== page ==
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The Language & Culture Department offers many events to demonstrate the importance of language in today’s world.

In the events archive at the bottom of the page, you can see past events and study trips the department has hosted and you can also see all the fun and exciting events the department has planned.

National Foreign Language Creative Writing Contest, Spring 2017

The Department of Language & Culture is hosting a creative writing contest for undergraduate and high school students. The topic is "Life Through Languages"; entries in the following languages will be accepted: Spanish, Japanese, Chinese, French, Korean, Arabic, and American Sign Language. Stories, essays, and plays may be up to 1000 words or less. Poems may be up to 50 lines or less. ASL entries may be submitted in video form, 3 minutes or less

The contest deadline is March 31, 2017. Submissions can be sent to Please include your name, school, email address, phone number, and title of work(s) submitted in your submission email.

Please download the official flyer for the 2017 National Foreign Language Writing Contest here.

Experiencing Language and Culture First-Hand

Class field trips help students to immerse themselves in new cultural experiences.

Image Gallery

Annual International Language and Culture Festival

MSMU and the students of the Language & Culture Department host an annual International Language Festival. Participants include members of the community.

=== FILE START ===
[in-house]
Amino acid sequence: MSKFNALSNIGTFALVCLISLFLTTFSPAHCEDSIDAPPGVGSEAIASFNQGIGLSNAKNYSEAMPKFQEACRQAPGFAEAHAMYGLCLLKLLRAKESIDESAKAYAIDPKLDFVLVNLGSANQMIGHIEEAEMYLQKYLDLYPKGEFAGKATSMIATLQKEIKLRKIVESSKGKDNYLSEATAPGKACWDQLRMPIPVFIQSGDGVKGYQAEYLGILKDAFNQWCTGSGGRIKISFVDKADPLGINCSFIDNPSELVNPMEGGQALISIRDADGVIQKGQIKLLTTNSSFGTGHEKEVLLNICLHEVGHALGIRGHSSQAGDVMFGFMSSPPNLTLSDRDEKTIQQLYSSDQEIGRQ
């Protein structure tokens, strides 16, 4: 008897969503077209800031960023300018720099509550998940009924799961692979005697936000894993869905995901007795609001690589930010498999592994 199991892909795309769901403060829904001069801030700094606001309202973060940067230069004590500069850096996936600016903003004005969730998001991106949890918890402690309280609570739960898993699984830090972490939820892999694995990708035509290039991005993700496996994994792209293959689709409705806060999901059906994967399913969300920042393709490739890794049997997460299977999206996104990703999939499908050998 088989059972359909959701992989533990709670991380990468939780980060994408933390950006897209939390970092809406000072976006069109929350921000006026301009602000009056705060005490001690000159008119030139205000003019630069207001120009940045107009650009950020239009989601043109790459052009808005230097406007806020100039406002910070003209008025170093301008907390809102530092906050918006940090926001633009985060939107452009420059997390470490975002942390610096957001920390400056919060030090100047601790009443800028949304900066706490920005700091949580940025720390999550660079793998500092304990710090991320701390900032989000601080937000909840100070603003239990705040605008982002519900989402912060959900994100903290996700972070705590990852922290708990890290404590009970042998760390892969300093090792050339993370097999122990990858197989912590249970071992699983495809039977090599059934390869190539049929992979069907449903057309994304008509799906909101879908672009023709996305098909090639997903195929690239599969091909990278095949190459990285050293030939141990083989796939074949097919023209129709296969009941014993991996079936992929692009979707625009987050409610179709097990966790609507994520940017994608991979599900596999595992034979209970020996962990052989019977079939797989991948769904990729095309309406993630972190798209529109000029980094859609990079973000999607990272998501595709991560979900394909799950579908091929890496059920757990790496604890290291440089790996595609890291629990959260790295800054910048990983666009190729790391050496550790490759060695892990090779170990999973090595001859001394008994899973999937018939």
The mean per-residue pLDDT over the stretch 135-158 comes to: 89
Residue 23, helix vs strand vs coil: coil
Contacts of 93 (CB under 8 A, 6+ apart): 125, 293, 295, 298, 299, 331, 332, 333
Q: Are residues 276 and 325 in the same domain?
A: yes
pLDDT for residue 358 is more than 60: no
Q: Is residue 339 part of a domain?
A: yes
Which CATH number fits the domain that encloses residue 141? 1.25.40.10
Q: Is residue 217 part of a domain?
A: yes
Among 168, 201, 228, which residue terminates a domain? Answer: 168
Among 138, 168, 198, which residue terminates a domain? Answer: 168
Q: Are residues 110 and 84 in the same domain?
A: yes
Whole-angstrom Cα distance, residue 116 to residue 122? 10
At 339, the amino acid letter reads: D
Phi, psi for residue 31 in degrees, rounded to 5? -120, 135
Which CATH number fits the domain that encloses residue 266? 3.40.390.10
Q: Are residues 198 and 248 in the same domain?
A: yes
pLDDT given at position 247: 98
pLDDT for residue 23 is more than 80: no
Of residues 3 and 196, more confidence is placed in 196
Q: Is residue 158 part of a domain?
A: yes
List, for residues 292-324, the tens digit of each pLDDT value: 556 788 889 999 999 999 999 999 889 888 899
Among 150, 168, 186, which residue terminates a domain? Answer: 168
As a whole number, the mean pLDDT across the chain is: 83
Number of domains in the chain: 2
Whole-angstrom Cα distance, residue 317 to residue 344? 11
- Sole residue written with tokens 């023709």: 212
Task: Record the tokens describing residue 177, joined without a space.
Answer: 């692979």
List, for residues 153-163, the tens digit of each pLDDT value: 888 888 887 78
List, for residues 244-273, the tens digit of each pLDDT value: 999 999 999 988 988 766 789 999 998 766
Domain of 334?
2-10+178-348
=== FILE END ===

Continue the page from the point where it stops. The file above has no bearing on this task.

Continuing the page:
International Language and Culture Festival Gallery

Mount Saint Mary's University Women in China Lecture Series

A series of six free public lectures with noted Chinese scholars occurred during the course of 2012-2013. The lectures were made possible by a grant from the National Endowment for the Humanities.

These lectures included:

"What Can Chinese Film Tell Us About Modern Chinese History?" By Zhiwei Xiao, Associate Professor of History, California State University, San Marcos.

This lecture examined how some of the most important issues in 20th century China, such as nationalism, tensions between tradition and modernity, and gender equality, are addressed in popular films. 

"The Way of Ways: Understanding Chinese Yinyang Thinking," by Robin Wang, Professor of Philosophy, Director of Asian and Pacific Studies, Loyola Marymount University.

The seminar offered a comprehensive account of the concept of Yin and Yang, including how it relates to our contemporary life.

"Women in Chinese History," by Ping Yao, Professor, Department of History, and Director, Asian and Asian American Studies, California State University, Los Angeles.

An overview of women's life and their domestic and societal roles from antiquity to 1912, including the practice of courtesanship, the practice of foot binding and women in Chinese religious tradition.

"Women of Classical Chinese Poetry," by Hu Ying, Associate Professor of Chinese Literature, Department of East Asian Languages and Literatures, University of California, Irvine.

Included the works of Li Qingzhao (12th century) and Qiu Jin (early 20th century), and the formation of the Chinese poetic canon.

"Empresses, Art and Agency," by Hui-shu Lee, Associate Professor of Art History, UCLA.

This lecture featured a comparison of historical depictions of women in Chinese art with those of women by modern and contemporary Chinese visual artists.

"Women in 20th Century Chinese Literature," by Shu-mei Shih, Professor, Comparative Literature/Asian Languages and Cultures/Asian American Studies, UCLA.

The lecture focused on the representation of women in 20th century Chinese literature in the context of major historical upheavals throughout history, including the Republican revolution, the Communist Revolution, the Cultural Revolution and Postsocialism.